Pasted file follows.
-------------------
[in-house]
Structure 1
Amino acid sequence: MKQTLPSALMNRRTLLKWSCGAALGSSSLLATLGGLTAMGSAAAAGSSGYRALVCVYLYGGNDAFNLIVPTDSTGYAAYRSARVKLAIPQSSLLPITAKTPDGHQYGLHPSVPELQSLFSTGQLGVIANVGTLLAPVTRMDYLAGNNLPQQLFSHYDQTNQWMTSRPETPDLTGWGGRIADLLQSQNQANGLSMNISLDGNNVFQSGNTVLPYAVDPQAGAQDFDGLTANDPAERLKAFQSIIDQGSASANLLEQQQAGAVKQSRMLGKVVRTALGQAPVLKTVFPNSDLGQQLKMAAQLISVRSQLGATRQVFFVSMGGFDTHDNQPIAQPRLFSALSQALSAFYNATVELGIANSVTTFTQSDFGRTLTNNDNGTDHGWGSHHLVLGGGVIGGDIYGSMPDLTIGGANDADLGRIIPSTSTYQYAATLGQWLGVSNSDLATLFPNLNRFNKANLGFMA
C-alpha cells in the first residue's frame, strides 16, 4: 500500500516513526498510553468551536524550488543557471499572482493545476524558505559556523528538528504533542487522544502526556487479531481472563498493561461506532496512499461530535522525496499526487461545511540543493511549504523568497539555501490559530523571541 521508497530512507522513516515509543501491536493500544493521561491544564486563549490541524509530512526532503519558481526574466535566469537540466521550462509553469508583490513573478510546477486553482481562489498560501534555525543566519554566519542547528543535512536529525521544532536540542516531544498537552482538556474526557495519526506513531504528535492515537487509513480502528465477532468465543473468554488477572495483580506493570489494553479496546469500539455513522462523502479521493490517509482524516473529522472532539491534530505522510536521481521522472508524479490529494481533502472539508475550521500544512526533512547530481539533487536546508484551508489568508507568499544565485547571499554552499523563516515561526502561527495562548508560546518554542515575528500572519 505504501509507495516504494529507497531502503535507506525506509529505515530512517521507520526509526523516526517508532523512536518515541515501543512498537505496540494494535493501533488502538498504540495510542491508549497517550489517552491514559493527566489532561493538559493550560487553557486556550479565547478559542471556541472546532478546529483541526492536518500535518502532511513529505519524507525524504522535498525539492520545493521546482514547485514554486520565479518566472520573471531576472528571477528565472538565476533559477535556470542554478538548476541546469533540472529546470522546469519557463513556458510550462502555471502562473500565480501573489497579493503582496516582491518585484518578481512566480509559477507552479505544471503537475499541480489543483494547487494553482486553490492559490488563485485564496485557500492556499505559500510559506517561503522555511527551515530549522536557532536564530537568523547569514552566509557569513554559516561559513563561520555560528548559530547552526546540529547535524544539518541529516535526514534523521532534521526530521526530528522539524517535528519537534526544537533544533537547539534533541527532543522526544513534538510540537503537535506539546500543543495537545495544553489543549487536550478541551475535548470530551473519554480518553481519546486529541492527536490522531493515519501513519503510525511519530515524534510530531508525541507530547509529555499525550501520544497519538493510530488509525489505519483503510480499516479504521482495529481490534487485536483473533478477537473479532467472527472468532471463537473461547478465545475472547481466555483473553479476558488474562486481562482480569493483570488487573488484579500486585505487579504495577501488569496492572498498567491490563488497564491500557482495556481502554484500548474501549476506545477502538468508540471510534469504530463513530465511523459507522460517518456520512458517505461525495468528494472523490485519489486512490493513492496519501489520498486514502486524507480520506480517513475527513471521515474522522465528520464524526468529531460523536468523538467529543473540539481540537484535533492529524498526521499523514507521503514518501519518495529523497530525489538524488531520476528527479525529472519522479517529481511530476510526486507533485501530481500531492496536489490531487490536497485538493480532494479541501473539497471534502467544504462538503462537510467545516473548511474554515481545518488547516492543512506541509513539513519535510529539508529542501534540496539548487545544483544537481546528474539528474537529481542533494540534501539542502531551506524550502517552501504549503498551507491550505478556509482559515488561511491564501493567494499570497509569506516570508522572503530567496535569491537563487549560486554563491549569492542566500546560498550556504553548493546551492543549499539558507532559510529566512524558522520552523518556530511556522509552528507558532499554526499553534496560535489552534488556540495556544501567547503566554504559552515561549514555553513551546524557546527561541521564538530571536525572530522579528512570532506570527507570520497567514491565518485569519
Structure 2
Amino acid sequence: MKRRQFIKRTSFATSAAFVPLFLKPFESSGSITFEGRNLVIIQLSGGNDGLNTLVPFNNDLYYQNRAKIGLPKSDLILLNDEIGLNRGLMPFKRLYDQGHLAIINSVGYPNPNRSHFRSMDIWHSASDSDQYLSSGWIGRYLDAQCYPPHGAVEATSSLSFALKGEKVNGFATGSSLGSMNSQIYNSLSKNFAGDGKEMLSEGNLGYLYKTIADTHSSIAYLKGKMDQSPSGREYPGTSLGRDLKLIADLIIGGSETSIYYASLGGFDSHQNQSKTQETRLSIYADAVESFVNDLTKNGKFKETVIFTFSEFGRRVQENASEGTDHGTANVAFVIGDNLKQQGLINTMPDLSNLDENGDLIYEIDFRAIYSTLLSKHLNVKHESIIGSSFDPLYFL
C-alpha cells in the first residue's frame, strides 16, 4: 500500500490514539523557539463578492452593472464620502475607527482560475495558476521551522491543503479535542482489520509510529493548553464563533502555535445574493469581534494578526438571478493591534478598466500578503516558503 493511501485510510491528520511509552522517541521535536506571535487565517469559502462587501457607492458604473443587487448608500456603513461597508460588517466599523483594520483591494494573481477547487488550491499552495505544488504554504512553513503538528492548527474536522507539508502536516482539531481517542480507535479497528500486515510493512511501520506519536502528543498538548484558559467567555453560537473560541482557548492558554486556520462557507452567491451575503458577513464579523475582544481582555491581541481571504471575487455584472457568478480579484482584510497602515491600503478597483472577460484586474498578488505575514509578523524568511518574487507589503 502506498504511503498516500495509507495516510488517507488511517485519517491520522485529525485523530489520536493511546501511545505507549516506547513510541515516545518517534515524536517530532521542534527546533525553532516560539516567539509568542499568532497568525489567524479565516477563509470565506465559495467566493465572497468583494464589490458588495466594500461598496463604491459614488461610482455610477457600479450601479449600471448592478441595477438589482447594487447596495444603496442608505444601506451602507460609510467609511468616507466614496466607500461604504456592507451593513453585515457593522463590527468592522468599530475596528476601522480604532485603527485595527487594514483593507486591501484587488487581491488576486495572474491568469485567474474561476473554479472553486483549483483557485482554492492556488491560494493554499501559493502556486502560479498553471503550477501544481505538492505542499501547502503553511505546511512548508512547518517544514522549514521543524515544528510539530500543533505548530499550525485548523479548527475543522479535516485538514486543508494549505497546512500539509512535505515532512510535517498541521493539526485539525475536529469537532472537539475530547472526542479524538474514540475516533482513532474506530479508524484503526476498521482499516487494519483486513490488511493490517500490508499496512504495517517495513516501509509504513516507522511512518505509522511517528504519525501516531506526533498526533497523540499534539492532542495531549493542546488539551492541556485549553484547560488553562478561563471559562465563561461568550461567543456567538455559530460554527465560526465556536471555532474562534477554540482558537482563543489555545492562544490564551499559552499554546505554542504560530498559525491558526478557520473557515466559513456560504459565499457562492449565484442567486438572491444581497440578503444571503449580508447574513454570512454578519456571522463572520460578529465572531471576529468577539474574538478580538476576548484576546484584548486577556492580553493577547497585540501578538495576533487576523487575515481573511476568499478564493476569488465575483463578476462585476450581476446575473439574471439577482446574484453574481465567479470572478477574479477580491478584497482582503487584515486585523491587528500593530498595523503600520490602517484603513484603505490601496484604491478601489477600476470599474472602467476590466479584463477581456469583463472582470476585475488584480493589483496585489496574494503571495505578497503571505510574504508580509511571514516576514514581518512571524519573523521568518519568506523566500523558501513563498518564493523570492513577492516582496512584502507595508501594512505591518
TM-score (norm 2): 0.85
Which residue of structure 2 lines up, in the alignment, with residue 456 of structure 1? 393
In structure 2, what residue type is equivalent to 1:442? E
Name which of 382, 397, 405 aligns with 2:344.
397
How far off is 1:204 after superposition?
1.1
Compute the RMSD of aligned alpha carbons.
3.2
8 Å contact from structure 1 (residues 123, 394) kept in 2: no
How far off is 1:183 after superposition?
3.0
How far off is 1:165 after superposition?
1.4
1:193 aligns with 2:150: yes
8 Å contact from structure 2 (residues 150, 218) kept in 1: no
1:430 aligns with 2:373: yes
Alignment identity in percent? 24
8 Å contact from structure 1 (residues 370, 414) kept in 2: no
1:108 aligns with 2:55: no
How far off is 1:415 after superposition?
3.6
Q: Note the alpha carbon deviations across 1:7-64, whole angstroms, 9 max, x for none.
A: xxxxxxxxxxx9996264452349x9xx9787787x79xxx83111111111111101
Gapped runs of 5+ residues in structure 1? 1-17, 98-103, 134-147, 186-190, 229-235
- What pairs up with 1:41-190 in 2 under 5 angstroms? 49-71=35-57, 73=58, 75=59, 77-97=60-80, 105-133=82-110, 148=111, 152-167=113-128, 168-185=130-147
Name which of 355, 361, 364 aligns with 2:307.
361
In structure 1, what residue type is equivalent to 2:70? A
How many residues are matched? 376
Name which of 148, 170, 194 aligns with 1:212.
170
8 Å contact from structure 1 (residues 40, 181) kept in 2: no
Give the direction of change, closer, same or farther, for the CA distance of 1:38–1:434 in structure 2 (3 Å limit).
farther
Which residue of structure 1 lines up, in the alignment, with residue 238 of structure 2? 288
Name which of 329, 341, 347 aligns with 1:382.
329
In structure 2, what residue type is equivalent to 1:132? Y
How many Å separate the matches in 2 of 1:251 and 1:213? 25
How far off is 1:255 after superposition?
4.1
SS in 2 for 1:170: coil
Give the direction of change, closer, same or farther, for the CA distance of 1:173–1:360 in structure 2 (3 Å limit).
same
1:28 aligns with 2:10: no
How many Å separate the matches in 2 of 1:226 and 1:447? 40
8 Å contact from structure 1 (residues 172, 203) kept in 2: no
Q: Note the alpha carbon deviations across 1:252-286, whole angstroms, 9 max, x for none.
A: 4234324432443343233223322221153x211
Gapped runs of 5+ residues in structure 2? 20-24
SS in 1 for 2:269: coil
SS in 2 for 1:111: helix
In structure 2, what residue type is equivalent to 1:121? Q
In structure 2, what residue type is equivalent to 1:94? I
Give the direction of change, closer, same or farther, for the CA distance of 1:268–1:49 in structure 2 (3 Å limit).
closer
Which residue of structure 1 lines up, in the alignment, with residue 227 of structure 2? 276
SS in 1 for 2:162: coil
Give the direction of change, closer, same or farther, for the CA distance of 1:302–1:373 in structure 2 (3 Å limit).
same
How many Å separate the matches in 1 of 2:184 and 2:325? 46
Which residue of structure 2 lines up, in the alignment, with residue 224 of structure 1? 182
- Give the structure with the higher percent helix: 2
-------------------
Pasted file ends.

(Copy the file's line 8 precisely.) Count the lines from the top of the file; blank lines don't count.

TM-score (norm 2): 0.85